Rag-Tags, Scum, Riff-Raff and Commies: The U.S. Intervention in the Dominican Republic, 1965-1966by Eric Thomas Chester
In April 1965, a popular rebellion in the Dominican Republic toppled the remnants of the U.S. backed Trujillo dictatorship setting the stage for the master tinkers of America's Cold War machine. In this groundbreaking study, Eric Thomas Chester carefully reconstructs the events that followed into a thriller of historical sweep, and creates a stunning portrait of how… See more details below
In April 1965, a popular rebellion in the Dominican Republic toppled the remnants of the U.S. backed Trujillo dictatorship setting the stage for the master tinkers of America's Cold War machine. In this groundbreaking study, Eric Thomas Chester carefully reconstructs the events that followed into a thriller of historical sweep, and creates a stunning portrait of how the U.S. governmentfrom President Lyndon Johnson on downused the Dominican Republic as a tool of its imperial arrogance.
Eric Thomas Chester explains how the U.S. intervention was in the tradition of gunboat diplomacy as well as a consequence of Cold War ideology, and the Cuban Revolution. After the withdrawal of U.S. troops from Haiti in 1934 and the initiation of Roosevelt's so-called "good neighbor policy," the United States had refrained from sending its own troops to intervene in Latin America. The 1965 invasion broke this pattern and reinitiated an era of direct armed intervention in Latin America. The result was that by early May, with more than thirty thousand troops deployed, there was a greater U.S. military presence in the Dominican Republic than in South Vietnam.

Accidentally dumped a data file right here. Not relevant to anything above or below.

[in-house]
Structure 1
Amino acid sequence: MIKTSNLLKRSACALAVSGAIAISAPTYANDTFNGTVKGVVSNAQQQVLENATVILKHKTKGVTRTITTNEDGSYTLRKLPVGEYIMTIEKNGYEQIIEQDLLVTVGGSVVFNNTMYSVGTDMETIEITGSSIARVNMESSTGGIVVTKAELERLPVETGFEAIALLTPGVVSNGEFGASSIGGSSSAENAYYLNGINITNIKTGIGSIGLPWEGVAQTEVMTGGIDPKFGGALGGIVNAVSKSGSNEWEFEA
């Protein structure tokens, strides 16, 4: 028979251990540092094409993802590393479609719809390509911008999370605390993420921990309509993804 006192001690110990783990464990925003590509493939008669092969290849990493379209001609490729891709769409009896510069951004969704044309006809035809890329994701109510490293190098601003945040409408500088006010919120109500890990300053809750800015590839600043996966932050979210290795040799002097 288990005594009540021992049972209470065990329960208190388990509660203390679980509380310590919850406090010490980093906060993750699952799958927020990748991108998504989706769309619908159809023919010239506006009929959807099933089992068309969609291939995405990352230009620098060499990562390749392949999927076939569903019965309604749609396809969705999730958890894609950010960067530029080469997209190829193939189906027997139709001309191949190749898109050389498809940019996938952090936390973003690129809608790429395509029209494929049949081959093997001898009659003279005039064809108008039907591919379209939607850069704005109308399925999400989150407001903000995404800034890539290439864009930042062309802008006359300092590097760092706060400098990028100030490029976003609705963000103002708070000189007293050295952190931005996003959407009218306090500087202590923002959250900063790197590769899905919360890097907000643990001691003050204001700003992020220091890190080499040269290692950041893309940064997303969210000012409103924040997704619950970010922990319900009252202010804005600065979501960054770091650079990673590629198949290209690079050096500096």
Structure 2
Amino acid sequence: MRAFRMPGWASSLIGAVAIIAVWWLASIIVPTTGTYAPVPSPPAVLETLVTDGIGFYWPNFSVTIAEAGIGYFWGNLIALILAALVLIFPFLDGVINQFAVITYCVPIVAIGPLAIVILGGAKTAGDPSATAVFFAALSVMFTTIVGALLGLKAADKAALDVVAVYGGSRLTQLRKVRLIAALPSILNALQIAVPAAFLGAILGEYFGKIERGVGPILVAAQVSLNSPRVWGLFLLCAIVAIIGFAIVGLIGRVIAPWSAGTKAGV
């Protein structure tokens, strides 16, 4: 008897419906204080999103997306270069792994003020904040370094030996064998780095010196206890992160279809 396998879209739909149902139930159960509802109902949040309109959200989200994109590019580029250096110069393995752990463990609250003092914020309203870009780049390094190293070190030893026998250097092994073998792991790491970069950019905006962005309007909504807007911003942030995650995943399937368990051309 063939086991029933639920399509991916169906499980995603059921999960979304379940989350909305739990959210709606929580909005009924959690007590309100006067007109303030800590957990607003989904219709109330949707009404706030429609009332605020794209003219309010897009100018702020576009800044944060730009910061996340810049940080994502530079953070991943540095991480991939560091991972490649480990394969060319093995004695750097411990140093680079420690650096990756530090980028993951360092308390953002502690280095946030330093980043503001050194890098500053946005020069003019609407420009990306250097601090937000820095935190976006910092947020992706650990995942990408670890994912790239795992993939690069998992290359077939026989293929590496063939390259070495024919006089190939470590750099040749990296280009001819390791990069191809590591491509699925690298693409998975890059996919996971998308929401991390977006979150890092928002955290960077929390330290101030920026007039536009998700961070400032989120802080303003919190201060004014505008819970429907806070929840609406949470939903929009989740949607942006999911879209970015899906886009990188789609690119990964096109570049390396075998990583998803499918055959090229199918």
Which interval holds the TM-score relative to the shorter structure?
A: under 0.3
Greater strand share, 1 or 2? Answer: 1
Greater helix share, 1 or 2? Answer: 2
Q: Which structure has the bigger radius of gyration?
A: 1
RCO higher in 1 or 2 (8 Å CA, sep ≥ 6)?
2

In this fascinating account, Chester makes extensive use of recently declassified diplomatic and intelligence documents to offer a nuanced and textured study of the workings of covert as well as diplomatic initiatives and provides a thorough analysis of U.S. Cold War foreign policy in the region.
Author Biography: Eric Thomas Chester was assistant professor of economics at the University of Massachusetts in Boston and, later, lecturer at San Francisco State University. In the 1960s, Chester was active in the civil rights movement and Students for a Democratic Society. He has worked as a cab driver, union organizer, and substitute teacher. He remains an activist in the trade union solidarity movement and the Socialist Party, and was the Socialist Party's vice-presidential candidate in 1996. He is the author of Socialists and the Ballot Box. His essays have appeared in the Cambridge Journal of Economics, Critique, Z, Insurgent Sociologist, Resist, Public Finance, Changes, and Against the Current.
- Monthly Review Press
- Publication date:
- Edition description:
- New Edition
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- 6.00(w) x 9.00(h) x 0.87(d)
Table of Contents
|Prologue: The Dominican Crisis: An Overview||1|
|1||Prelude to Revolution||12|
|2||The Uprising Triumphant||46|
|3||Intervention and Quarantine||71|
|5||Tightening the Screws||133|
|6||The Bundy Mission: Negotiating an Agreement||151|
|7||The Bundy Mission: Undermining an Agreement||170|
|8||The Bunker Mission||199|
|9||The 1966 Election: Fraud and Intimidation||219|
|10||Rationales for Intervention||262|
|Epilogue: Impasse, Integration, and Diaspora||272|
|App||The 1966 Election: A Detailed Analysis||283|
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